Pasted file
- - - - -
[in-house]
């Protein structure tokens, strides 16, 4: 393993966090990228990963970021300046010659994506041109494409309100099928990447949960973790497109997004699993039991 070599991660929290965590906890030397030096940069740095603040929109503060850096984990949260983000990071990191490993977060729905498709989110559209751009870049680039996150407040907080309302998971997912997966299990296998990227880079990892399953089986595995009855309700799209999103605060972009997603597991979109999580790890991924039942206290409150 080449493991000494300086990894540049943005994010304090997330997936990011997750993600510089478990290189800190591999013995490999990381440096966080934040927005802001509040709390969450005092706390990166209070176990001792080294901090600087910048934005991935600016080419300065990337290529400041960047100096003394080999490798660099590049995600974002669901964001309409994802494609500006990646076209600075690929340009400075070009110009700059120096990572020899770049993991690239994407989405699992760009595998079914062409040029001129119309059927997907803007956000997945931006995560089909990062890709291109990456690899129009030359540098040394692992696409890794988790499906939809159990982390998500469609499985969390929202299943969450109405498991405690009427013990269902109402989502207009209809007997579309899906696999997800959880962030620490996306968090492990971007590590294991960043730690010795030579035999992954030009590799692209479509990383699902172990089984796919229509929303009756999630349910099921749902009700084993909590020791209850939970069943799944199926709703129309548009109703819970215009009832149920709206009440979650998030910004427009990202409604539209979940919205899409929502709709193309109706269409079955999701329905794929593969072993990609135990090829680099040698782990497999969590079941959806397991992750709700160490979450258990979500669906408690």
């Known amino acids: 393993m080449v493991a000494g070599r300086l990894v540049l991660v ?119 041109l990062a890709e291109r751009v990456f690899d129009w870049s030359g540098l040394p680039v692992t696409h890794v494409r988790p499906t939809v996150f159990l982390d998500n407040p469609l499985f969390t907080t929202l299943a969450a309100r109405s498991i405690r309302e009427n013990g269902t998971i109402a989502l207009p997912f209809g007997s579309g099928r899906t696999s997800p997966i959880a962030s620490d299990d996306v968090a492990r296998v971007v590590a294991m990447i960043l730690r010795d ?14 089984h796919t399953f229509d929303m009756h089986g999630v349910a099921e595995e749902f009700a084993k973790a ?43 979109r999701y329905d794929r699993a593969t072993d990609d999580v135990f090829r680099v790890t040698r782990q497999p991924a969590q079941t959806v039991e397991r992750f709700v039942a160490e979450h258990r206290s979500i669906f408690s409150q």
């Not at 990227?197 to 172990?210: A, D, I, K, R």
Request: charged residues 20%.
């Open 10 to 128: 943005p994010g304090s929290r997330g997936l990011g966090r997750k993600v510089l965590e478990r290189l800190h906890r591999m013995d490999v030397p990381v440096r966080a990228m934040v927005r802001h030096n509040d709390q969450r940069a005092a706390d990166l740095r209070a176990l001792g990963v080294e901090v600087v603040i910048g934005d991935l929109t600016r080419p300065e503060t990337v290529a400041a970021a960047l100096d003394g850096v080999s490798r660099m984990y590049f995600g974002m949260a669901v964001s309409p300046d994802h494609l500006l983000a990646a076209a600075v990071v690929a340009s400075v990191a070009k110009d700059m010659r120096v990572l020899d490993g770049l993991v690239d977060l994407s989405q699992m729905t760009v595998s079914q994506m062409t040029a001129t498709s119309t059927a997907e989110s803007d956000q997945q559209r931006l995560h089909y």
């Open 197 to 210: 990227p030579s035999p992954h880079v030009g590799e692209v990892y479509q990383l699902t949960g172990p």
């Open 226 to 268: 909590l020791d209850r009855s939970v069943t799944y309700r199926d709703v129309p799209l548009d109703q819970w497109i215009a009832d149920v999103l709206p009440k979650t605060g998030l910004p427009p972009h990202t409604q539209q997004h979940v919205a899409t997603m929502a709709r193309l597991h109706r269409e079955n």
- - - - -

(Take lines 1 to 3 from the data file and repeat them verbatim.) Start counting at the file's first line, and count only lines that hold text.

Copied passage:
[in-house]
């Protein structure tokens, strides 16, 4: 393993966090990228990963970021300046010659994506041109494409309100099928990447949960973790497109997004699993039991 070599991660929290965590906890030397030096940069740095603040929109503060850096984990949260983000990071990191490993977060729905498709989110559209751009870049680039996150407040907080309302998971997912997966299990296998990227880079990892399953089986595995009855309700799209999103605060972009997603597991979109999580790890991924039942206290409150 080449493991000494300086990894540049943005994010304090997330997936990011997750993600510089478990290189800190591999013995490999990381440096966080934040927005802001509040709390969450005092706390990166209070176990001792080294901090600087910048934005991935600016080419300065990337290529400041960047100096003394080999490798660099590049995600974002669901964001309409994802494609500006990646076209600075690929340009400075070009110009700059120096990572020899770049993991690239994407989405699992760009595998079914062409040029001129119309059927997907803007956000997945931006995560089909990062890709291109990456690899129009030359540098040394692992696409890794988790499906939809159990982390998500469609499985969390929202299943969450109405498991405690009427013990269902109402989502207009209809007997579309899906696999997800959880962030620490996306968090492990971007590590294991960043730690010795030579035999992954030009590799692209479509990383699902172990089984796919229509929303009756999630349910099921749902009700084993909590020791209850939970069943799944199926709703129309548009109703819970215009009832149920709206009440979650998030910004427009990202409604539209979940919205899409929502709709193309109706269409079955999701329905794929593969072993990609135990090829680099040698782990497999969590079941959806397991992750709700160490979450258990979500669906408690």
């Known amino acids: 393993m080449v493991a000494g070599r300086l990894v540049l991660v ?119 041109l990062a890709e291109r751009v990456f690899d129009w870049s030359g540098l040394p680039v692992t696409h890794v494409r988790p499906t939809v996150f159990l982390d998500n407040p469609l499985f969390t907080t929202l299943a969450a309100r109405s498991i405690r309302e009427n013990g269902t998971i109402a989502l207009p997912f209809g007997s579309g099928r899906t696999s997800p997966i959880a962030s620490d299990d996306v968090a492990r296998v971007v590590a294991m990447i960043l730690r010795d ?14 089984h796919t399953f229509d929303m009756h089986g999630v349910a099921e595995e749902f009700a084993k973790a ?43 979109r999701y329905d794929r699993a593969t072993d990609d999580v135990f090829r680099v790890t040698r782990q497999p991924a969590q079941t959806v039991e397991r992750f709700v039942a160490e979450h258990r206290s979500i669906f408690s409150q």